Jemima Small Versus the Universe – Tamsin Winters

Warning: discussion of emotional bullying & peer aggression- both in book and personal. It’s taken me longer than I wanted to be ready to post this.

Jemima Small Versus the Universe touches on the shock that was Judy Blume’s Blubber but for this generation and done way way way better and with hope, friendship and body positivity at the core and outcome.

I applaud Tamsin Winters for creating a book like this. It’s brutal, painful and incredibly sad but at its core it’s truthful and unflinching.

As someone who was the victim of bullying albeit not for being overweight, a lot of the tactics of Jemima’s core bully were uncomfortably familiar- this book is necessary, it shows children who aren’t bullied what it feels like and it shows children who are that they are not alone but there is a way out, there is hope.

Cover design by Will Steele & Katherine Millichope

Jemima Small has always been on the larger side, but it never mattered until she started to see how people even her father treated her differently for her size and her mother, well she went out years ago and hasn’t been heard of since.

Jemima is smart, super smart, like genius level but began to lose faith and value in herself because no matter how clever she was, no matter what score she got or how many quadratic equations she could solve, at the end of the day it seemed like people just saw her size rather than her, especially Lottie Freeman.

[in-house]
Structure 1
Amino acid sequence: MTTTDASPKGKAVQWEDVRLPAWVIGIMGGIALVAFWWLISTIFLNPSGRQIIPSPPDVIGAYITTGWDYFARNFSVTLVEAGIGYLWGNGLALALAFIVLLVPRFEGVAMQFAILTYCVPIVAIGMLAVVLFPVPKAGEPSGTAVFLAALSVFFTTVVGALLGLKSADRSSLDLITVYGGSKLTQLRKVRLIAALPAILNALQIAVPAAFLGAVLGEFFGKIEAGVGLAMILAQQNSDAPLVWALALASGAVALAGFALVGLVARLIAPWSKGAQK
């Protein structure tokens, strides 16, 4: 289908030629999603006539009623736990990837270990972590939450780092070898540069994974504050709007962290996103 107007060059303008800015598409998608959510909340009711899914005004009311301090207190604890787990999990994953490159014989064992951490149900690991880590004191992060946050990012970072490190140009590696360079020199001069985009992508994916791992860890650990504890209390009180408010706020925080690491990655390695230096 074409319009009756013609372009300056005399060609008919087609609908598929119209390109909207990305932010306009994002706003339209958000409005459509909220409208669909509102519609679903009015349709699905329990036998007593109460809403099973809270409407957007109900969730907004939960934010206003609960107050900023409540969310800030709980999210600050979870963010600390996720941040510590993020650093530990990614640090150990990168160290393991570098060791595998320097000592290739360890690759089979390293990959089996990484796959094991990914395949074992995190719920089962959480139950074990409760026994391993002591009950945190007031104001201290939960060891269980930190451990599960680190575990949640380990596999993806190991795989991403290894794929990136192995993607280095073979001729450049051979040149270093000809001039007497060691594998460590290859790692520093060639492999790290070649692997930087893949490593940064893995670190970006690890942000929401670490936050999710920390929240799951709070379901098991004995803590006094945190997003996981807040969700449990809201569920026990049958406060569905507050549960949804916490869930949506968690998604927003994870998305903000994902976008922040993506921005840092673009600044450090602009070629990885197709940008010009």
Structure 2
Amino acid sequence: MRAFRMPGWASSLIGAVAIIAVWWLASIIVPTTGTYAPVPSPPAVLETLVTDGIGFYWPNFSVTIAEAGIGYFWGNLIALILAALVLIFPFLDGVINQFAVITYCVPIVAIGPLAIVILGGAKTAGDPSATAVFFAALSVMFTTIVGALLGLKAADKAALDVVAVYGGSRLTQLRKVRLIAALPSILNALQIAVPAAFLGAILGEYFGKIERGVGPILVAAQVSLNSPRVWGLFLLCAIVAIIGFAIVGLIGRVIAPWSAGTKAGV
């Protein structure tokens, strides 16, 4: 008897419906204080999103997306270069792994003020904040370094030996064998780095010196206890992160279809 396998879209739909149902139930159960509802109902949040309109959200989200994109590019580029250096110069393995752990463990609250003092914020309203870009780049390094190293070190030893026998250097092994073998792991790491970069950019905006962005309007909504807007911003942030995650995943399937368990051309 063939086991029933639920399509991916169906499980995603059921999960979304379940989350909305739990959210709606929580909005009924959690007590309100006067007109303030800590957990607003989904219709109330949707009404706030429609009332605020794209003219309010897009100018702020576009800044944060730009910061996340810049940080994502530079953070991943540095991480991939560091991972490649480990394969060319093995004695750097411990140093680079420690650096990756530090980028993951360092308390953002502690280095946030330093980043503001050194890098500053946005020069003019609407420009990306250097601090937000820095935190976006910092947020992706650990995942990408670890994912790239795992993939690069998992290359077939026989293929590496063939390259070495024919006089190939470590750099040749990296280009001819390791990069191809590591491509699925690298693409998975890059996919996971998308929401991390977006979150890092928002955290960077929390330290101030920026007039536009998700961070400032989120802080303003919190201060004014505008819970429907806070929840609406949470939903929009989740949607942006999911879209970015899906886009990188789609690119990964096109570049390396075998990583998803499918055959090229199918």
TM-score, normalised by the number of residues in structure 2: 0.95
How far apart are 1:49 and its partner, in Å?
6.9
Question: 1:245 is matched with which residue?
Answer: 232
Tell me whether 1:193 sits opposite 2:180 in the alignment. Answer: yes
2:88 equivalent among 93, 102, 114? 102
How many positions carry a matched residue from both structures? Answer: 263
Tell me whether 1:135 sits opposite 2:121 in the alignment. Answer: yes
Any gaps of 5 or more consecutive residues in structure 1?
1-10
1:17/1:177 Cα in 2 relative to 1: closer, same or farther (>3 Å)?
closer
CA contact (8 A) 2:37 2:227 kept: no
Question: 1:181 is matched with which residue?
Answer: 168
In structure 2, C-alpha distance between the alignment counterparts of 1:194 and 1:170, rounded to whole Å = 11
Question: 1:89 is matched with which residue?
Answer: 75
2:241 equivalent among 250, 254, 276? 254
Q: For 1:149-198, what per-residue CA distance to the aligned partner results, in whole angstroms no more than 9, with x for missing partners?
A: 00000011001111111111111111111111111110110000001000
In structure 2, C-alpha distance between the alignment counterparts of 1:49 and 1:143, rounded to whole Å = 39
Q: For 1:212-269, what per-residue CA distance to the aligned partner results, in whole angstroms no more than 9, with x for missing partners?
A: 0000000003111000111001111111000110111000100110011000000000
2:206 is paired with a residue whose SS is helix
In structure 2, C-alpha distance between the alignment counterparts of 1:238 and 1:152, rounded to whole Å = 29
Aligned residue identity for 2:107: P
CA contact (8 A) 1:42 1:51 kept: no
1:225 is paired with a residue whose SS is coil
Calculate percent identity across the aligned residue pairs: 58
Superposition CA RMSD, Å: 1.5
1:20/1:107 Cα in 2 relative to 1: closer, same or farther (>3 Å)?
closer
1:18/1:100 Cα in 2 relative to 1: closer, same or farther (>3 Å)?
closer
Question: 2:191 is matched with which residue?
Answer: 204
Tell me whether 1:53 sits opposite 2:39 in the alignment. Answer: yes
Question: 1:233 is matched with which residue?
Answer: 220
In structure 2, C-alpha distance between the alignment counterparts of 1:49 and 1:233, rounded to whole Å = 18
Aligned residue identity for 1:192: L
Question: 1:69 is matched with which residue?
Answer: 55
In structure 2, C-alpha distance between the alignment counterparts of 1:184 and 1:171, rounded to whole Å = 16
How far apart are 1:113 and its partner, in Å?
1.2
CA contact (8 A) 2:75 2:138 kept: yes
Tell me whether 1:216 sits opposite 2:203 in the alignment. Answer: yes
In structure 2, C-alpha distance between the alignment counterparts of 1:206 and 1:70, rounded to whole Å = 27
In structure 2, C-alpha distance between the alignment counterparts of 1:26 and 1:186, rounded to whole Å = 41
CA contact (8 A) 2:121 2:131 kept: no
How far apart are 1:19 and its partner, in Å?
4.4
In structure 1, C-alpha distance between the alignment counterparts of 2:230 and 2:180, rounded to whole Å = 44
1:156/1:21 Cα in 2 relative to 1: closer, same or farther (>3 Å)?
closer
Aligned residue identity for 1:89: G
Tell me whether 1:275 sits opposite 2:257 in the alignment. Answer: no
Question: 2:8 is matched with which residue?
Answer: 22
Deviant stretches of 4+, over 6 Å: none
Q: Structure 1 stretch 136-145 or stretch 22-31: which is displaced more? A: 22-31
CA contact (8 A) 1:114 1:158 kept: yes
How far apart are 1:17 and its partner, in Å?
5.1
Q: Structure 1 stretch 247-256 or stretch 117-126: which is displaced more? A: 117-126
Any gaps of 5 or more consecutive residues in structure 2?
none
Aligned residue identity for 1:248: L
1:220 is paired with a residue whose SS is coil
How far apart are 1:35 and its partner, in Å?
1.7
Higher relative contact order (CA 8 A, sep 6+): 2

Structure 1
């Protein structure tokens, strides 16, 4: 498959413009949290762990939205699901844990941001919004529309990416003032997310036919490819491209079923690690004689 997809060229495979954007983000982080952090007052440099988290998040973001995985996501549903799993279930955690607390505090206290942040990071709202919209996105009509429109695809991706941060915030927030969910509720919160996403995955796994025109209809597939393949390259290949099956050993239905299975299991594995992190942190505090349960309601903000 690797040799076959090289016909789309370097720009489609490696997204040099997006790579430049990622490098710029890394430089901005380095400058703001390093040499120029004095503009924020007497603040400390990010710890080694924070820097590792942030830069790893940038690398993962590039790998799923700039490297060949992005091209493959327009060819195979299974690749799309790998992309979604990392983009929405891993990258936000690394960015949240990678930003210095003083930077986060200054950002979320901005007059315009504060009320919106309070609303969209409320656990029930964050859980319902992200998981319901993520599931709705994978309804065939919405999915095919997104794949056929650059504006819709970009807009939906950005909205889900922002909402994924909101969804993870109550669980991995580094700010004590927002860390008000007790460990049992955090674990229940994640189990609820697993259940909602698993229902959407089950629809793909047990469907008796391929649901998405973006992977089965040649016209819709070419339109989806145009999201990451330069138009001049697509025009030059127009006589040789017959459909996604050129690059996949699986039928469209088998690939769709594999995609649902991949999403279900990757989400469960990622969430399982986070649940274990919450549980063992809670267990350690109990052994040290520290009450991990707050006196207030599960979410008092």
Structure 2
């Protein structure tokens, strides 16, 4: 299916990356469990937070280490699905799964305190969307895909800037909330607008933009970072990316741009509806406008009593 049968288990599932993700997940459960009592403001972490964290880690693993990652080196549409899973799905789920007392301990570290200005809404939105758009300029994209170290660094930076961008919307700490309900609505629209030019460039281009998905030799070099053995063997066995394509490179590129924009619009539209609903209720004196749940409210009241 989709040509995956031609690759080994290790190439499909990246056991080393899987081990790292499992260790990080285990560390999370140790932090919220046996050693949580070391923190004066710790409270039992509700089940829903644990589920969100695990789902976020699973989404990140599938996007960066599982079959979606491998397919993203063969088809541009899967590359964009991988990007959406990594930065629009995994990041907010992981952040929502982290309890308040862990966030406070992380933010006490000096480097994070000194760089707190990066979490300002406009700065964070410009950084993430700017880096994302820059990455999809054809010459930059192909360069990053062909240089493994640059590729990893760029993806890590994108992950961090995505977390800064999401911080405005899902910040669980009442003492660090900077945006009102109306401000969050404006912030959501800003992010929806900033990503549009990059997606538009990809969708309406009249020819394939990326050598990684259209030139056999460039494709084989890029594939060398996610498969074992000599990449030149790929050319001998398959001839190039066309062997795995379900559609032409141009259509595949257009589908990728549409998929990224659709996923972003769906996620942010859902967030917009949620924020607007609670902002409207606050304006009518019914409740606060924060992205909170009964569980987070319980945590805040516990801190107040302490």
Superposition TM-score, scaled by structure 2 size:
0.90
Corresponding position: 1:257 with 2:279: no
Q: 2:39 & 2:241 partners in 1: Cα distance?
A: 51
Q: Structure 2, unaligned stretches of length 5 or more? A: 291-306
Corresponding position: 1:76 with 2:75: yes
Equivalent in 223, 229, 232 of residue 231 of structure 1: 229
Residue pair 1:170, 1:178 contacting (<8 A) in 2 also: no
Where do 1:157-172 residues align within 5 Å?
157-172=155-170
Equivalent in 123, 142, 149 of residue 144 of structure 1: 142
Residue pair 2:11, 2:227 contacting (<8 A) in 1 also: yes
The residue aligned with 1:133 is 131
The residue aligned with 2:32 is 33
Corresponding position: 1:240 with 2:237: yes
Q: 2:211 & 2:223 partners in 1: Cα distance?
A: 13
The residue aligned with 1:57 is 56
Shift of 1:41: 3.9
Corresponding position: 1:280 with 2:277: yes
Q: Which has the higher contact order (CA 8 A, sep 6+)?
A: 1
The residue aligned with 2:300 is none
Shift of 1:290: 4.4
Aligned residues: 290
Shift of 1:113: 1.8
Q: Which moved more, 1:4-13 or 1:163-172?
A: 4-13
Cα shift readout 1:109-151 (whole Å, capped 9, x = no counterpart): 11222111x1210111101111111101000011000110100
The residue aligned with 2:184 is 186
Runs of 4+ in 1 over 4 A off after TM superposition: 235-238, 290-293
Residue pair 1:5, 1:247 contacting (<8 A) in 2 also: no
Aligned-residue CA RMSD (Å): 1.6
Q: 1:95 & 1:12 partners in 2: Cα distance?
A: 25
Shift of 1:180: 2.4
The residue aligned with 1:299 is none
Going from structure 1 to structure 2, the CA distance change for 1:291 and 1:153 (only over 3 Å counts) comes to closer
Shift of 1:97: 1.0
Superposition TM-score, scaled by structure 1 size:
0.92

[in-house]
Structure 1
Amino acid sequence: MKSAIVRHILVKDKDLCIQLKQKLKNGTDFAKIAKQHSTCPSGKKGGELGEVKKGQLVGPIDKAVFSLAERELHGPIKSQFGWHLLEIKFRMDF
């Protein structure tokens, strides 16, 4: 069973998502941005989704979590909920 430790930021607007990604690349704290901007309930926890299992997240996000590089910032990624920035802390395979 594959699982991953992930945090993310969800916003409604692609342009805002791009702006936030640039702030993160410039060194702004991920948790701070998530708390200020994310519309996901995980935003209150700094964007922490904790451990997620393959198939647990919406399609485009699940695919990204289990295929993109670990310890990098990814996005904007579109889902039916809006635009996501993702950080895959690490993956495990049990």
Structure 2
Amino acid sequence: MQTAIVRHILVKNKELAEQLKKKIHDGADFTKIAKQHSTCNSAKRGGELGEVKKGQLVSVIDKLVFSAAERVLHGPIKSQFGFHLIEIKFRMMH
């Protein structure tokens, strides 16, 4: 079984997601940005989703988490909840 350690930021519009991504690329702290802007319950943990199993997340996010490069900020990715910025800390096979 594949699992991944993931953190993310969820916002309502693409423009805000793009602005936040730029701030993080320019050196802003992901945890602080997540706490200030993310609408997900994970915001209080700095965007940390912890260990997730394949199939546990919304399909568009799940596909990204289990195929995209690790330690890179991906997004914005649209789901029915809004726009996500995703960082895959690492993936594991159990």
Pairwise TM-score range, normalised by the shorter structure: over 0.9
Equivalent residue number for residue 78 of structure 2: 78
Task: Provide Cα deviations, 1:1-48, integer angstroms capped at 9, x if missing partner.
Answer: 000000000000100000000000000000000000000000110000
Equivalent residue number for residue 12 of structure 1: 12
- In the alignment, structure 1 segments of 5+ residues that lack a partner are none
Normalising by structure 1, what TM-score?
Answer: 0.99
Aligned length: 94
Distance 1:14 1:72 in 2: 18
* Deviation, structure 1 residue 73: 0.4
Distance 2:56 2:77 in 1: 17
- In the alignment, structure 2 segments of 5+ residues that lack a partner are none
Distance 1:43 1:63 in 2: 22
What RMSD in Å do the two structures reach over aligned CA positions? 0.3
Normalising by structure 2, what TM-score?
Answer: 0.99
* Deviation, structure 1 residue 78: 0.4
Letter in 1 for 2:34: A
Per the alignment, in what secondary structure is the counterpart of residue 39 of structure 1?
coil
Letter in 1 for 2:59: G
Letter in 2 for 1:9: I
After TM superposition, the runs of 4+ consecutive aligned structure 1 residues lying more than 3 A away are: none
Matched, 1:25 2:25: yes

When the school sneakily assesses all the students BMI- a process that is painful for Jemima to begin with- Jemima is signed up to a group led by Gina a peppy super fit former athlete but this group leads to further mocking and derision by Lottie and other bullies.

But with the nationwide auditions for Brainiac basically a tv show with Britain’s cleverest kids could Jemima find her inner goddess, or is Lottie right and no one wants to see someone like Jemima on the tv?

I know that weight is partly gravity. And if I lived on the moon, I’d hardly weigh anything at all. Unfortunately, I live on Earth. and I have a teacher who thought it was fun to find out I weighed more bananas than anyone else on the planet.

I loved this novel on many levels even though it was gut wrenching to read. I want my own Gina and my own Aunt Luna, the female empowerment in this novel is super and I love that whilst they don’t become best friends Jemima finds a kinship in her ‘special’ group of overweight kids and learns that isn’t alone and she isn’t the only one struggling with the unkindness of others.

I loved the balance of the mystical with the scientific, and how Jemima reluctantly lets go of the science mind to embrace the metaphysical whether or be crystals as a luck talisman or other weird and wonderful things from her Aunt Luna’s world of tarot, auras and magic. I see quite of bit of me in Jemima and I think it’s going to be so wonderful for tweens and teens to pull from this that you can be a little alternative AND nerdy that things are not exclusive, nor does drawing strength from them have to make scientific sense and that you can overcome the darkness inside- if it can speak to me a woman in her 30s then it can do wonders for the young.

The words “FAT CLUB!” came hurling at me across the playground like someone had kicked a football at me. It’s not just the pain of it. The pain you get used to. It’s the embarrassment. And not having anywhere to hide. It’s everyone staring because they all heard it too. Like you’re the most grotesque thing ever. Or like they feel sorry for you. Or they’re waiting for you to say something back… So, I smiled. Well I pretended to smile. You can’t smile for real when you feel so embarrassed you want to cry.